Werblin was bought out by Jets management prior to the 1968 season, which concluded with the team winning Super Bowl III over the Baltimore Colts in one of the greatest upsets in sports history. Newark Star-Ledger sports columnists Jerry Izenberg and Sidney Zion would later speculate that, because the Jets fired Werblin, there was a “Curse of Sonny Werblin” on the team. By an unusual coincidence, Werblin and Izenberg were elected to the Sports Hall of Fame of New Jersey in the same year, 1997.


In 1963, Sonny Werblin and his partners purchased the American Football League (AFL) Titans of New York from original owner Harry Wismer. Werblin changed the team’s name to the Jets, and drafted Matt Snell in the first round, signing him away from the crosstown NFL Giants. His biggest coup came in 1965, when for $427,000 he signed University of Alabama quarterback Joe Namath, who had been drafted by the NFL St. Louis Cardinals. Werblin and the Oakland Raiders’ Al Davis resisted the indemnity the NFL demanded, which was $100,000 per year for twenty years. Other AFL owners agreed to the terms, along with stripping the name and logo from the AFL.


His power as a “star-handler” was such that eventually forces in the entertainment industry combined against him and MCA, resulting in lawsuits in 1962. The company’s ability to manage stars would be curtailed greatly under new industry rules after that point. Up to then, he had been known in management circles as “Mr. Show Biz,” his power in the industry having been so great.


The concept of The Sport Star as known today was first largely developed by Werblin, whose first developed ” star ” was New York Jets quarterback Joe Namath, who became the then-greatest star athlete in America under Werblin’s guidance in the mid and late 1960s. It was also Werblin who signed for his Jets, the team he named and colored, football talent scout and coach Wilbur “Weeb” Ewbank. Ewbank quickly developed the Jets into a contender just as he previously had the NFL Baltimore Colts in the 1950s.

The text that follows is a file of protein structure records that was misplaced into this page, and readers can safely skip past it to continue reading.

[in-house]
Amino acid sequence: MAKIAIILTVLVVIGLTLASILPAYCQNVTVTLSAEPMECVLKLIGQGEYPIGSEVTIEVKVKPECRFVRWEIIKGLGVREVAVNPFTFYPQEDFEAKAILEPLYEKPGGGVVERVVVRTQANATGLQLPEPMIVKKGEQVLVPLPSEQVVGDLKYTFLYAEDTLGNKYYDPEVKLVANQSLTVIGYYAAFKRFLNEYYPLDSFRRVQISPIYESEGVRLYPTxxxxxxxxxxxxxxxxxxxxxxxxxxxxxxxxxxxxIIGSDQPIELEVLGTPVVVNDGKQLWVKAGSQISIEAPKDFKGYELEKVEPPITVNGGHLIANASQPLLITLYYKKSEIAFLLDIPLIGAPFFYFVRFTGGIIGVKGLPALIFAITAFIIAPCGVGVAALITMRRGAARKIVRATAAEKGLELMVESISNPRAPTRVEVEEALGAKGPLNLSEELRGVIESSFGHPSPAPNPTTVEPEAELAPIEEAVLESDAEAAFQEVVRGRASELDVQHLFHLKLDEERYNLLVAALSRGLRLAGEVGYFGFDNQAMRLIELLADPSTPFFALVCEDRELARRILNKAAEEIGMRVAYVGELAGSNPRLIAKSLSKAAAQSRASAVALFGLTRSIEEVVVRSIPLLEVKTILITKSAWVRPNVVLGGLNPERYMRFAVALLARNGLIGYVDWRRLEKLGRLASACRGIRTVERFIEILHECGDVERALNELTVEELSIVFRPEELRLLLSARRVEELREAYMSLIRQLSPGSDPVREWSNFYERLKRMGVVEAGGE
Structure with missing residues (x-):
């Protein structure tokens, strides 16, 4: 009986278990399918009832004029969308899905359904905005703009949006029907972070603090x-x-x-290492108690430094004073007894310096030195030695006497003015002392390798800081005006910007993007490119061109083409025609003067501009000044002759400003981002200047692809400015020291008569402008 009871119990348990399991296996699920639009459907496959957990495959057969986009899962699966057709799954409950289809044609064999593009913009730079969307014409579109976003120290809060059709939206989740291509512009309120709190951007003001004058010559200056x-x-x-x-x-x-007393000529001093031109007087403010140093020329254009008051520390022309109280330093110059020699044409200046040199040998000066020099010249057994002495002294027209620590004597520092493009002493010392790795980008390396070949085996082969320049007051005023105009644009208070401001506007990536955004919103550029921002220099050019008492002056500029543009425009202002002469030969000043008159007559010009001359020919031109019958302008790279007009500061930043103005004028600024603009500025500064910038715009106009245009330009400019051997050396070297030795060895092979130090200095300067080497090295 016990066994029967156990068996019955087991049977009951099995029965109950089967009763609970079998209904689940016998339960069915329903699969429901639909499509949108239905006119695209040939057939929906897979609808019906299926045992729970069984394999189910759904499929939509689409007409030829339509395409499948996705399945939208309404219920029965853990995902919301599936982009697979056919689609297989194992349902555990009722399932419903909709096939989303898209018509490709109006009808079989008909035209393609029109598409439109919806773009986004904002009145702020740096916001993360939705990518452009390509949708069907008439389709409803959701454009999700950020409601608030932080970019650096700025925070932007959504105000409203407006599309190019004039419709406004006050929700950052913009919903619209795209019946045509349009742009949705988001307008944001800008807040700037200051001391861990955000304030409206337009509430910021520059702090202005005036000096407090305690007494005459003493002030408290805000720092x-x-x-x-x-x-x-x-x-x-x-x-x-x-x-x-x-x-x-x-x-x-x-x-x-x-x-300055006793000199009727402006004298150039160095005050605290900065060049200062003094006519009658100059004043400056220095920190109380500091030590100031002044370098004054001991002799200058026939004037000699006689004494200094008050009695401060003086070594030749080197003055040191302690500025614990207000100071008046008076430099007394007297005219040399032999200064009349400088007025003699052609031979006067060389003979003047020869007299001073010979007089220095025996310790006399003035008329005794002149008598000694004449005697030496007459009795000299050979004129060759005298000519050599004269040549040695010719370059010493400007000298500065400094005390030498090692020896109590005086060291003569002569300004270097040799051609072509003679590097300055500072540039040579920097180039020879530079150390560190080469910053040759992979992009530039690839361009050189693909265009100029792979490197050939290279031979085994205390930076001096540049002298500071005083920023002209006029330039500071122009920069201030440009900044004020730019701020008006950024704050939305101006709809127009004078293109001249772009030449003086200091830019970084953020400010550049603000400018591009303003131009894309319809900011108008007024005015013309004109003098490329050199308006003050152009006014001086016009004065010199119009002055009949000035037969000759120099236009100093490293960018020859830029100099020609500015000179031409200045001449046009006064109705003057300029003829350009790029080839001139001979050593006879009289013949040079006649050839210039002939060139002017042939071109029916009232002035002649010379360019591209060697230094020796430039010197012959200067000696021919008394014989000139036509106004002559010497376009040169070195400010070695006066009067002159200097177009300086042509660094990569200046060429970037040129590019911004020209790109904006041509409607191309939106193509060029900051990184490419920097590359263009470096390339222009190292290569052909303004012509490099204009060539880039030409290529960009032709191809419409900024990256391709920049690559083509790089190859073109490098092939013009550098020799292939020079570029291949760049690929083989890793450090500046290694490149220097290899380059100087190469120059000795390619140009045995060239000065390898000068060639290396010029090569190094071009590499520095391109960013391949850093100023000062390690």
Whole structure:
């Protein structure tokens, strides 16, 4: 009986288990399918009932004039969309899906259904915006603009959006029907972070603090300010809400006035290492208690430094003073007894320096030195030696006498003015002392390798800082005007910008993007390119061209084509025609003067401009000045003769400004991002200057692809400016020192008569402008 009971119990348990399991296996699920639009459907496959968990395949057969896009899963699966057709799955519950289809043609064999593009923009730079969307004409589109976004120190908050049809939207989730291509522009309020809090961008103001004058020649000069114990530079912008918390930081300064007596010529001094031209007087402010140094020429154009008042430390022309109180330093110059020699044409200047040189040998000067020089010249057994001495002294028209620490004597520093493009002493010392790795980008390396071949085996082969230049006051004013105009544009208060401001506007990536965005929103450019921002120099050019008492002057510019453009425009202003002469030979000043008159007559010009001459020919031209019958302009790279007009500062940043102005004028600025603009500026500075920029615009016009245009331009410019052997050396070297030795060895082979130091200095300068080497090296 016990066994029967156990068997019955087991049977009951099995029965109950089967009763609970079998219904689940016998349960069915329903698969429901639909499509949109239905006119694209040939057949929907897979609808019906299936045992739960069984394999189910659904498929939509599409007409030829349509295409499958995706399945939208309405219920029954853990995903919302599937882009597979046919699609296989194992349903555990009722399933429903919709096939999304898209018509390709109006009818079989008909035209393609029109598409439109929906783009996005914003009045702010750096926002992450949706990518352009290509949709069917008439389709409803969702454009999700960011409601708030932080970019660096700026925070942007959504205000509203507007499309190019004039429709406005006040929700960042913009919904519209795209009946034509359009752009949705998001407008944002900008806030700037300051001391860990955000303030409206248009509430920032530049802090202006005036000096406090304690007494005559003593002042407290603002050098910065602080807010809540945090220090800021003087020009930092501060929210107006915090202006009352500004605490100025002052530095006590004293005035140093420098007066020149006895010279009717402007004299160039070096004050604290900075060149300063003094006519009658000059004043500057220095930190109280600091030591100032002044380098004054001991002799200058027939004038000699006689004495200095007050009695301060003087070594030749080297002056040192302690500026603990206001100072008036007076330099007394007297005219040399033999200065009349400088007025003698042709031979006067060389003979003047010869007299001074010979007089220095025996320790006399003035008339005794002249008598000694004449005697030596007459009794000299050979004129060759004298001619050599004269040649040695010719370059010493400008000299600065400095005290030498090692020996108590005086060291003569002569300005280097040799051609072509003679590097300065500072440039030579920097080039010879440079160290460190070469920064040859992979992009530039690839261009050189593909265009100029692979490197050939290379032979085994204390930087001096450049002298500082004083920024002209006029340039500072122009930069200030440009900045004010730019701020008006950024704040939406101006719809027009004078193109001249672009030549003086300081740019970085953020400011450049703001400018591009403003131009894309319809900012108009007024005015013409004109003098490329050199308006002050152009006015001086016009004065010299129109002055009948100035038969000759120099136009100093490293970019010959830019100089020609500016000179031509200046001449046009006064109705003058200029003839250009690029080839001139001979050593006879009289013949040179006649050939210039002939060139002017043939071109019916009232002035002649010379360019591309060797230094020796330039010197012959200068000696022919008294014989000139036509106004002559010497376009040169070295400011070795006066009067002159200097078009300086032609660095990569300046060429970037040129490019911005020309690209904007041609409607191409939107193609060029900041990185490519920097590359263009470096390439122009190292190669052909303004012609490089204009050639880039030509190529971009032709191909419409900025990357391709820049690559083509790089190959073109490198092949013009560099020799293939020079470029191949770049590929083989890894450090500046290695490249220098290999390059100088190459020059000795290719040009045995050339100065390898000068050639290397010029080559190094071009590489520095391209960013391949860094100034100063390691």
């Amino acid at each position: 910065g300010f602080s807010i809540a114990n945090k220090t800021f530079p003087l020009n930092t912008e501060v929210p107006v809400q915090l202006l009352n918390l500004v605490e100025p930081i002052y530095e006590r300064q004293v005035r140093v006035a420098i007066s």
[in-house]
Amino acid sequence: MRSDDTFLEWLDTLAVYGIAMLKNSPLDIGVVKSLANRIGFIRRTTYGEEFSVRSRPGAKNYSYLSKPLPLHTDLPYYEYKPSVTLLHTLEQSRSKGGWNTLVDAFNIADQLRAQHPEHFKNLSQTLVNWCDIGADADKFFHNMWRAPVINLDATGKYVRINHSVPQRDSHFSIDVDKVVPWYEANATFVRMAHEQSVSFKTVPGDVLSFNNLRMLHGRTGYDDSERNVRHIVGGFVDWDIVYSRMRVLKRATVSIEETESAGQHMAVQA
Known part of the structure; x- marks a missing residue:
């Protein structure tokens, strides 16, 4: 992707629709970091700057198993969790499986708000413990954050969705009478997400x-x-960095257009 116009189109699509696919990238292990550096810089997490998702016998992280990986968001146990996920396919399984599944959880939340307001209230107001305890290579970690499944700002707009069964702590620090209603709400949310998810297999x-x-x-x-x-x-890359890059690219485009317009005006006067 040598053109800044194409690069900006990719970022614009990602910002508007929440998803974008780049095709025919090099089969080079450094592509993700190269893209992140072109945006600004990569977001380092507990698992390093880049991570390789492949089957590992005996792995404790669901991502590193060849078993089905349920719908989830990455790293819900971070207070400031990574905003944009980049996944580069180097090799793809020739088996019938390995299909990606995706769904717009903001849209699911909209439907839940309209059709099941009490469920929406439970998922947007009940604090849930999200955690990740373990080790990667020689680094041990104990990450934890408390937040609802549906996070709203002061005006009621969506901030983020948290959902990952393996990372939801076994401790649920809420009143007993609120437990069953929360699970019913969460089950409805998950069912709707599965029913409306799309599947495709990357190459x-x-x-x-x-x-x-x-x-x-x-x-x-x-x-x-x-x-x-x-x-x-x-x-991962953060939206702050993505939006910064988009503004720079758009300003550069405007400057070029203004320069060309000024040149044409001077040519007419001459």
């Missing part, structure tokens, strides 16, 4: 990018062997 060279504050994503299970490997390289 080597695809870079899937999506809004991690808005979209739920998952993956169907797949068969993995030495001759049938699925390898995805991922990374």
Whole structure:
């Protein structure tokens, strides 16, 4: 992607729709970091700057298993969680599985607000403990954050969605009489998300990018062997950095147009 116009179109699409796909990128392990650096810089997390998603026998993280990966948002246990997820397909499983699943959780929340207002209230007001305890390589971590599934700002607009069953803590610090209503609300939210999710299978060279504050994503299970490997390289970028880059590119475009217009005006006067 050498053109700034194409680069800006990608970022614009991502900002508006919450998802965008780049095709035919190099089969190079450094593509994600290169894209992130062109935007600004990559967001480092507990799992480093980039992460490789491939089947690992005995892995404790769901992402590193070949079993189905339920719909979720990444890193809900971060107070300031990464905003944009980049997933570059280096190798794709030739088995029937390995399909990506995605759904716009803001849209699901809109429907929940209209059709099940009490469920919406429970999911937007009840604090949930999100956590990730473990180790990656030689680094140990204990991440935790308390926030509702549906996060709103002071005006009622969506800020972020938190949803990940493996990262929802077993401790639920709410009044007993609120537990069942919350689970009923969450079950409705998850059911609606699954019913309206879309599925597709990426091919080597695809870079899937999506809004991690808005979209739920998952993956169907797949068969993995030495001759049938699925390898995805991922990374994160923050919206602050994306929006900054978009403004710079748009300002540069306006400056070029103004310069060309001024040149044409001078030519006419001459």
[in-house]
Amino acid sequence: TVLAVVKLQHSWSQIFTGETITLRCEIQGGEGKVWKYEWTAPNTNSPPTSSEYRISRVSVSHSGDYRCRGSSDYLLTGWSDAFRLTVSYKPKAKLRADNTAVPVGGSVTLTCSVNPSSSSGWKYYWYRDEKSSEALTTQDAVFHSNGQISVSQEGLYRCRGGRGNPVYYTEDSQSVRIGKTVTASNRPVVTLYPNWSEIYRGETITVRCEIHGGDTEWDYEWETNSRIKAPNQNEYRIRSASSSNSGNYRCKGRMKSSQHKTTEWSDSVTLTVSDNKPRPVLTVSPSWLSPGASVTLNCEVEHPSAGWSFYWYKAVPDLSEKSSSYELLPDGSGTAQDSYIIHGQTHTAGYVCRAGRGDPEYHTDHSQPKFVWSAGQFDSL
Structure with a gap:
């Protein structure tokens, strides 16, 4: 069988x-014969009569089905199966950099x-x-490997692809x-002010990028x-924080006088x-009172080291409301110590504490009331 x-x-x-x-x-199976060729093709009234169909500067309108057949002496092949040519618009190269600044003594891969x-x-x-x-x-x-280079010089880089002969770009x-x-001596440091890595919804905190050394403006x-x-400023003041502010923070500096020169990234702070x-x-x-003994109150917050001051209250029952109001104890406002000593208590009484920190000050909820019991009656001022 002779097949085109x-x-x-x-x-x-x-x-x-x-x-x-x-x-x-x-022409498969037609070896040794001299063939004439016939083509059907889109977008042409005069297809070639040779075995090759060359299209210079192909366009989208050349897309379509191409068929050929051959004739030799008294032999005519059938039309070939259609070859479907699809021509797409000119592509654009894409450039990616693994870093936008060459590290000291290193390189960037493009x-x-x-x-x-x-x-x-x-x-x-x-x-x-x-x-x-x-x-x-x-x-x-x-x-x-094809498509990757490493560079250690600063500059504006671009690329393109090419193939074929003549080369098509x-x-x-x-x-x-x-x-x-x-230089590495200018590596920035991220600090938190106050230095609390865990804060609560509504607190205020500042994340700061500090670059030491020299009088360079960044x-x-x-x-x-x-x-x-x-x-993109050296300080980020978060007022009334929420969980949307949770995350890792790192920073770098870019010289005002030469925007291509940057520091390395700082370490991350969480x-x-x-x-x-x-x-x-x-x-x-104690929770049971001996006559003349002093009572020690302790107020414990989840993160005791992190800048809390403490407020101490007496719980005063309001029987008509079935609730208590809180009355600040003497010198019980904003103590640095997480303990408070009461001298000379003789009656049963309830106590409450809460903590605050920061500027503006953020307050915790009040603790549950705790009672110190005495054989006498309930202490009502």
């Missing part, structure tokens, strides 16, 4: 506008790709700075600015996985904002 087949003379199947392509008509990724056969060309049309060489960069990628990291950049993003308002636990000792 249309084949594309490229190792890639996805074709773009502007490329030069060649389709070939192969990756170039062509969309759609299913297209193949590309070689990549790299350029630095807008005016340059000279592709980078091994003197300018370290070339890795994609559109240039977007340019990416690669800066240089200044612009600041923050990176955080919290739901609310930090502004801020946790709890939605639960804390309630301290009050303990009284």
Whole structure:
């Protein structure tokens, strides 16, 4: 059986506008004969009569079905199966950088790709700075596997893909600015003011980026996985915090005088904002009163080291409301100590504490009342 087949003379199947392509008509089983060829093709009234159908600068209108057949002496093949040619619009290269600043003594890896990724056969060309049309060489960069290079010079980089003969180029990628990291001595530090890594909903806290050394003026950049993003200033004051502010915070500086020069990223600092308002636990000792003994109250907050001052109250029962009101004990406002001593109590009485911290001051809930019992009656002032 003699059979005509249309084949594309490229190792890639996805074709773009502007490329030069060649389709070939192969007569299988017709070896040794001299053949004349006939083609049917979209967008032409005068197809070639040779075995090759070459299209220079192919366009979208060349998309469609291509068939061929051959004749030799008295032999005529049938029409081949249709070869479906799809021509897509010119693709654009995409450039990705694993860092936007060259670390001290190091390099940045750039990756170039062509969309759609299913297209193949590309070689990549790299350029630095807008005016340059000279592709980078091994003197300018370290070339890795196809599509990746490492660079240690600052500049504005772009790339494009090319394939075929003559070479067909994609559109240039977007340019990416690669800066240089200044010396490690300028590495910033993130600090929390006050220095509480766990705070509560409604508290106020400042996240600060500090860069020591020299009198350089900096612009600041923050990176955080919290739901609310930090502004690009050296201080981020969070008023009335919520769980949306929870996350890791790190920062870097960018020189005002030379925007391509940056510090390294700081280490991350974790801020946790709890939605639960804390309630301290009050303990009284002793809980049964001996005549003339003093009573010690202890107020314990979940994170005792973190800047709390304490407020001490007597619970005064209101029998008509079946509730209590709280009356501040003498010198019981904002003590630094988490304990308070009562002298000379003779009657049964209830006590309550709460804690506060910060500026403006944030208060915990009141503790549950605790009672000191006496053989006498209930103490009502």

At MCA, Werblin made a considerable name at identifying and managing talent. His managed list of major stars were a who’s-who in not only music, but also movies and television. During the 1950s and 1960s, Werblin led a production team that developed television shows for all three major networks, an offshoot of his ability to manage the stars that were featured in them. The list of top-rated television shows MCA developed under Werblin, again, is lengthy.


In 1938, he married Leah Ray Hubbard (1915–1999) of Norfolk, Virginia. Performing as Leah Ray, she was a well-known vocalist in the Big Band era. Ms. Ray sang with major orchestras such as those of Tommy Dorsey and Phil Harris, and acted in more than a dozen films. Among her film appearances, in 1936 she co-starred with Phil Harris in the Academy Award-nominated short film titled Double or Nothing. While performing with the Phil Harris orchestra she met Sonny Werblin. They married in 1938 and remained together for more than fifty years until his death in 1991.


Werblin was born in Brooklyn, New York. A graduate of Rutgers University, he went to work for Music Corporation of America (MCA) in 1932 and was so successful that in 1951 he was made president of MCA’s television division.


David Abraham “Sonny” Werblin (March 17, 1910 – November 21, 1991) was a prominent entertainment industry executive and sports impresario who was an owner of the New York Jets and chairman of Madison Square Garden, and who built and managed the Meadowlands Sports Complex.